“This experiment of mine is, largely, as a result of a desire to make money, but I am just as anxious make some kind of protest against the transfer scheme which makes it possible for Chelsea to order me out telling me they do not want me to play for them this season and to put me on the transfer list at a price which nobody will pay. I cannot play in the Football League until it is settled, but I have got to live, so I have accepted this contract. I have always disagreed with the fixing of a maximum wage for the professional footballer. By all means maintain a minimum wage in all jobs, but to limit the pay a man may demand is an aggressive scheme designed for the sole benefit of the clubs. If a star footballer attracts a big gate, he should be paid for his attractions. Nowadays, he is a public entertainer like a theatre artist. In this offer I see a chance of testing my theories.”

"l have agreed to play for Ashton National for four weeks. It is an experiment for both parties. The club see possibilities in exploiting a star player as an attraction, just as League cricket clubs have done. For my own part, I stand or fall by my own value. I shall get what I am worth, no more and no less.  If this four-week contract proves the idea to be sound, the club and I are going to arrange future terms on the basis that I get what I am worth. I am in strict training, and I shall give the crowd value for their money.“

He said, “Business in London prevents me from training with the Ashton team, but thanks to the efforts of friends who are willing to pace me with motor-cars all round Richmond Park, I shall manage to be 100 per cent fit for my first game.”

The signing created considerable interest in non-league football circles, and the “box office” appeal of a star player did, indeed, boost attendances at Ashton’s games, and also benefited their opponents when Ashton played away – for example, the record attendance at Prescot Cables for the FA Cup tie. By playing in the FA Cup for Ashton, Jackson had immediately decreased his potential value for another league club, as being “cup-tied” they would only be able to call on him for League games. One can only imagine the reaction this would’ve had in the Chelsea boardroom!

The early signs of success and increased gate receipts were sufficiently encouraging that both parties quickly agreed to extend the arrangement to the end of the season.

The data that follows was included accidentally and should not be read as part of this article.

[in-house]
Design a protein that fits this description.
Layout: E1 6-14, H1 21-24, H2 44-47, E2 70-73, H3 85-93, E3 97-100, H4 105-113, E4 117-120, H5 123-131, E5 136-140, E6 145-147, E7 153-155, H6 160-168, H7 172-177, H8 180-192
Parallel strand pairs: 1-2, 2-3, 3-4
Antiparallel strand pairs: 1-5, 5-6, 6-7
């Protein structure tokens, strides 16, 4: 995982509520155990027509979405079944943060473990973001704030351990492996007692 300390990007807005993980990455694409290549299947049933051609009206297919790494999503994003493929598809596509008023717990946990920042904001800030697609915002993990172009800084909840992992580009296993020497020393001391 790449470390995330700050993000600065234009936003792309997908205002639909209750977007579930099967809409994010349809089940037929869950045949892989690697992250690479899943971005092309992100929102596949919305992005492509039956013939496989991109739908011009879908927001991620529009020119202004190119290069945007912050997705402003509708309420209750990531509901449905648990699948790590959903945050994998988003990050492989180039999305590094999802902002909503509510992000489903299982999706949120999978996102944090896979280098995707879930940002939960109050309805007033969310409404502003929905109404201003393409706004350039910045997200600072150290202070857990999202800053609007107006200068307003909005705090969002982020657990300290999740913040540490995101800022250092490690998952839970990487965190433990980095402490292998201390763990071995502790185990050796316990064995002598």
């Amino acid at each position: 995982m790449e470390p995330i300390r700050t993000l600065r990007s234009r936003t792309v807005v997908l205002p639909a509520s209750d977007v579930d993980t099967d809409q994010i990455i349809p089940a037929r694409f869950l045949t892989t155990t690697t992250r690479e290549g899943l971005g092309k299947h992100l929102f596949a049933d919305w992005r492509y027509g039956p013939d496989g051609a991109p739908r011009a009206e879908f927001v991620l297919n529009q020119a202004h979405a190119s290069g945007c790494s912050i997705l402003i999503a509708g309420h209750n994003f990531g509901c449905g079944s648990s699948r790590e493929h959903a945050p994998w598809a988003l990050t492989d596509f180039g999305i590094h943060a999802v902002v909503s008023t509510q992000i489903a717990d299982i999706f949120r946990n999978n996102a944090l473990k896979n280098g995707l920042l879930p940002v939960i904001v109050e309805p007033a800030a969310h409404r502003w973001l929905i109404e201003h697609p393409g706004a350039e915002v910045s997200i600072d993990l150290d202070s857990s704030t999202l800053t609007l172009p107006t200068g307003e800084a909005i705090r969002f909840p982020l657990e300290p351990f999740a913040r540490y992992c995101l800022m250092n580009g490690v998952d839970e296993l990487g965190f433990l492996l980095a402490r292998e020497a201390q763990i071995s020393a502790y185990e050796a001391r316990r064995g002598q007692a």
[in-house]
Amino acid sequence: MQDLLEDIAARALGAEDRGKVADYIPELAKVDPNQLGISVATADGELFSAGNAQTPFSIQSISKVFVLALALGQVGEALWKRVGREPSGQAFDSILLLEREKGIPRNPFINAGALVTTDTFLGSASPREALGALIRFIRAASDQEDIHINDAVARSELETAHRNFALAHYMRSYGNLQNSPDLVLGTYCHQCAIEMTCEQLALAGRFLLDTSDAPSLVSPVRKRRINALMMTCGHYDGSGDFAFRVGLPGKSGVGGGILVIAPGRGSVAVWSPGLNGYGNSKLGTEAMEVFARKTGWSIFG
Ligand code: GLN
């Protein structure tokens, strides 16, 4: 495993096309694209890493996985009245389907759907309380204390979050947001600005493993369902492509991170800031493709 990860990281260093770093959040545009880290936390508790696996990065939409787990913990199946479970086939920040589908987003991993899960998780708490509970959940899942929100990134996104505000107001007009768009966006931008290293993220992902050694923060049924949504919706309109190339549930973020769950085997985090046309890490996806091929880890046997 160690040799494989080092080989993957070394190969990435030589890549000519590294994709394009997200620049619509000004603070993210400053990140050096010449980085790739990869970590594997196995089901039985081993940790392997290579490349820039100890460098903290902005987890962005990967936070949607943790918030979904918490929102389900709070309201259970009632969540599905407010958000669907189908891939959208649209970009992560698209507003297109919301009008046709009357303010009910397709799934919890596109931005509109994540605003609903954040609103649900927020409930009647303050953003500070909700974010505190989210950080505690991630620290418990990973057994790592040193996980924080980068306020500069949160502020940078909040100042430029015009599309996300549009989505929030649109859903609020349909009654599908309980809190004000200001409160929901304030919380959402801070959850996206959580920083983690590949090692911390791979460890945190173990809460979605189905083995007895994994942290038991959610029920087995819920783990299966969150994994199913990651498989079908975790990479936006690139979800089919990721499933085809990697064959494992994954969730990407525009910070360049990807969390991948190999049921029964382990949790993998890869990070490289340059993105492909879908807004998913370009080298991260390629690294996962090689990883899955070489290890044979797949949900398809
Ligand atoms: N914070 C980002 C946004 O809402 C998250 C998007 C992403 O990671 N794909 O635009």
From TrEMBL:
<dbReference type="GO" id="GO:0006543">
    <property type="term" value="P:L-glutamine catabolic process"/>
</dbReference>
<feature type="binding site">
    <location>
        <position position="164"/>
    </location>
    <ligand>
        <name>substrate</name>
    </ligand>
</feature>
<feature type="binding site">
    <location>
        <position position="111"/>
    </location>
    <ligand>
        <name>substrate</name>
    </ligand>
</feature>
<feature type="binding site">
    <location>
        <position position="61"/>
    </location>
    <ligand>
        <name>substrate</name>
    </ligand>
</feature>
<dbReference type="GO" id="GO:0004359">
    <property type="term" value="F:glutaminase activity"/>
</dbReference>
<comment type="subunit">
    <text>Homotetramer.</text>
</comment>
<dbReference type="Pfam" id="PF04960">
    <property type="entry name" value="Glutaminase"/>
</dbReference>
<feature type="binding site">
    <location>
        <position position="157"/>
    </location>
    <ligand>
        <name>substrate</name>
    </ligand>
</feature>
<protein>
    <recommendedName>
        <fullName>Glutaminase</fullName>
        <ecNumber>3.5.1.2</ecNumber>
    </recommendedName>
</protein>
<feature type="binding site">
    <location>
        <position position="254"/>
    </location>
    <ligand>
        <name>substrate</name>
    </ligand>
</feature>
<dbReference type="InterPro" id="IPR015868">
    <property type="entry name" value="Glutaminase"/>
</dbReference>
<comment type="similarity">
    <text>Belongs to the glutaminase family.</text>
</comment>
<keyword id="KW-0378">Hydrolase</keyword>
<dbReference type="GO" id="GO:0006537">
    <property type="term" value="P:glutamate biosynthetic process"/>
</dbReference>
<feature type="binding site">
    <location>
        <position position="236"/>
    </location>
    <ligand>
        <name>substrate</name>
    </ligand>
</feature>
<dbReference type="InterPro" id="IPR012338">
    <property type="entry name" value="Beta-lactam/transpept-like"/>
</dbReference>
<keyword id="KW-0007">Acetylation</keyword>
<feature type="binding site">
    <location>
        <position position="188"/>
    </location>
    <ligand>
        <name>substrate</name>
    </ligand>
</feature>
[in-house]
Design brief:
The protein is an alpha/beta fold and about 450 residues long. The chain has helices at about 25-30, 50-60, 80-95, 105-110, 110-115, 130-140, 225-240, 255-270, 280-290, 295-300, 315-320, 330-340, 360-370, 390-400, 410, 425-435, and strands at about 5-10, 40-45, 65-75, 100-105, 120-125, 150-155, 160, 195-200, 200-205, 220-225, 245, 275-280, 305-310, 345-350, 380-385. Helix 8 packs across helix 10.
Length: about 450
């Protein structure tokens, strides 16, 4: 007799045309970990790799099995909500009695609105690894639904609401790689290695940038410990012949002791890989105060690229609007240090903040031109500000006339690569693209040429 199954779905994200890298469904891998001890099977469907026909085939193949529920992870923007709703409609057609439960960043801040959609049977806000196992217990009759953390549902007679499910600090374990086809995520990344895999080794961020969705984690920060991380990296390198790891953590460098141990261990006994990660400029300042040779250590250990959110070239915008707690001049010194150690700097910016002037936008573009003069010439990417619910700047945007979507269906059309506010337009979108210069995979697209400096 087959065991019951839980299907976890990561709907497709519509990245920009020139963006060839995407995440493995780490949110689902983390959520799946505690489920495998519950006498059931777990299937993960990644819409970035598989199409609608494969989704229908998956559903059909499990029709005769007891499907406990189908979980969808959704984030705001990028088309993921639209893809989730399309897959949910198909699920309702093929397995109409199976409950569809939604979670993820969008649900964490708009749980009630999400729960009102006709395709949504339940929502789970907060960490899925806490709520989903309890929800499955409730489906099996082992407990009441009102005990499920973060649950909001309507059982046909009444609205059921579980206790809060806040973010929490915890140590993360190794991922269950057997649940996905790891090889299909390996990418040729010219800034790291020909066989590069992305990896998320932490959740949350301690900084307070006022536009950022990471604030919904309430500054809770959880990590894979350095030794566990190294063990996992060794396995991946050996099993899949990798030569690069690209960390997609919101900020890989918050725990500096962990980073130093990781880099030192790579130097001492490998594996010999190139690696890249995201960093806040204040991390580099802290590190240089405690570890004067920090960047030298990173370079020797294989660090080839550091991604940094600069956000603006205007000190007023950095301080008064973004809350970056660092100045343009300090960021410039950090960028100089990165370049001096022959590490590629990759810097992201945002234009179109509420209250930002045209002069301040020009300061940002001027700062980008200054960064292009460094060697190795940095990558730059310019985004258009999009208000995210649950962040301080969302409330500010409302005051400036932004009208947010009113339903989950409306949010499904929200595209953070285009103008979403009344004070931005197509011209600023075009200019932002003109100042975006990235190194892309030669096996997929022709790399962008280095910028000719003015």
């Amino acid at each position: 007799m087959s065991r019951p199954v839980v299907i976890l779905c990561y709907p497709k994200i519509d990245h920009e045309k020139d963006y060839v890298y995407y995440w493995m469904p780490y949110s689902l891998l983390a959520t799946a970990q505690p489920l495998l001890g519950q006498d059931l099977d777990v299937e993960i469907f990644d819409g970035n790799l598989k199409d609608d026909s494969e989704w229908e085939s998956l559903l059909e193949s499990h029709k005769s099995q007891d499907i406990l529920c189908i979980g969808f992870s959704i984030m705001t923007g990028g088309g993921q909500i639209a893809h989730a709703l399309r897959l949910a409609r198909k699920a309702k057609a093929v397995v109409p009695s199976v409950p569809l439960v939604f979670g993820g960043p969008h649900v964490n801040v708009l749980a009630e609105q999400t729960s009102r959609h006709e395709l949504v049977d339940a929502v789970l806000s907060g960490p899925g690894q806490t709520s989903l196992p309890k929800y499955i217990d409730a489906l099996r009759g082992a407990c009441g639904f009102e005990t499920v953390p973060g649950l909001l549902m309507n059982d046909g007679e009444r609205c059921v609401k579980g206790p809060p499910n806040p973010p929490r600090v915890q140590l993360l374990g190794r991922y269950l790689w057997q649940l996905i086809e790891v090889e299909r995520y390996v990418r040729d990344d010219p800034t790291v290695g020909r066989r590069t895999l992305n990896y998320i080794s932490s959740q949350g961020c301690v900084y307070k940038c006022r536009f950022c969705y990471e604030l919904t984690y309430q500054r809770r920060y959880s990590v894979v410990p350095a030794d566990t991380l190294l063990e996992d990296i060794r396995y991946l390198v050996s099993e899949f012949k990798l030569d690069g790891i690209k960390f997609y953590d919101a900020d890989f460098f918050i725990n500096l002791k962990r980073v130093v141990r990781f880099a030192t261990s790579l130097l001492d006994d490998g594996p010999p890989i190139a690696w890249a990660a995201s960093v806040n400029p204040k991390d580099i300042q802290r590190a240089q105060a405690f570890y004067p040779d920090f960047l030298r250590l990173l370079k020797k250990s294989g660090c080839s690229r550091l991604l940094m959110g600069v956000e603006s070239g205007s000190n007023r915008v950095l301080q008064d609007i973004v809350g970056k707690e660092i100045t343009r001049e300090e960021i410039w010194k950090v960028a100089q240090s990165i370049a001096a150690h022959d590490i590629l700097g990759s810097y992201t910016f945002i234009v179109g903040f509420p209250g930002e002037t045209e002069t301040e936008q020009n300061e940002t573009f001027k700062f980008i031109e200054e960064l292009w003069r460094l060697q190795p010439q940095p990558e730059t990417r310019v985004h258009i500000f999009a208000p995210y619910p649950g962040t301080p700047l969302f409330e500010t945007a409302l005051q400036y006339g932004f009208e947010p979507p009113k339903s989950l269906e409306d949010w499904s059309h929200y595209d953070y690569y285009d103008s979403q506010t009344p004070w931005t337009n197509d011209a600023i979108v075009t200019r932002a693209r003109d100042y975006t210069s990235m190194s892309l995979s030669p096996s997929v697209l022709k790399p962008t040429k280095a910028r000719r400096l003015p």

By mid-October, Jackson was writing in his newspaper column, “I have never enjoyed football so much as I have since my audacious adventure of this August. The men who control my new club are genuine sportsmen, and have treated me generously. L am receiving thrice the maximum wage of an English league player. My comrades are good players. We possess an abundance of the right sort of team spirit.”

However, in February 1933, with National sitting in second place in the Cheshire League, the directors at Ashton informed Alec that the agreed contract, guaranteeing him 10% of the gate, or a minimum of £15 a week, plus expenses, was beyond the sound finances of the club. Jackson's reply was immediate. “I could not allow them to be out of pocket over me. I decided to rip up the contract. They have been very sporting to me, and have treated me very well, so I thought it was the best thing to do to help save them.”

It seems that once the novelty wore off, and with Jackson missing a number of games through a series of injuries, attendances at National Park had started to slide. The Ashton National manager lambasted the Ashton public for their failure “to repay us for our enterprise in signing such a famous player”.

However, there would be no reconciliation with Chelsea and Jackson joined Margate in the Kent League, who paid him £10 a week, plus expenses, for the remainder of the season, although another injury cut short his time there.

In the summer of 1933, and with Chelsea still seeking £4,000 for his registration he signed for OGC Nice for one season before moving on to Le Touquet, and giving up on football altogether at the age of only 28. The man who had been dubbed the best player in football a mere three years earlier may have made his point about the worth of star players, but, ultimately football lost one of it’s brightest stars far too soon.

During the Second World War Jackson, who still had a commission in the Territorials, fought in the Eighth Army in North Africa, and after being injured in Libya, he became Garrison Adjutant at Abbassia Barracks, Cairo, where, in a soccer match against a Springbok eleven he played righthalf, at the age of 37. The Garrison won 13—3.

After becoming a welfare officer in an Eighth Army rest camp in Italy, he harboured ambitions to promote a footballing tour of the UK with an Eighth Army football side. “An Eighth Army side would be a big attraction back home," he said. “Sportsmen everywhere would consider it an opportunity to pay tribute to the boys out here, while war charities would benefit enormously”.

At the end of the war, and by now, a Major, he extended his stay in Africa, and was assigned to the Suez Zone. In November 1946, he was driving a truck near the Suez Canal, when he lost control and overturned, suffering serious head injuries.

Aged just 41, Alec Jackson died in a Cairo hospital three days later. He left a wife and 10 year old twins.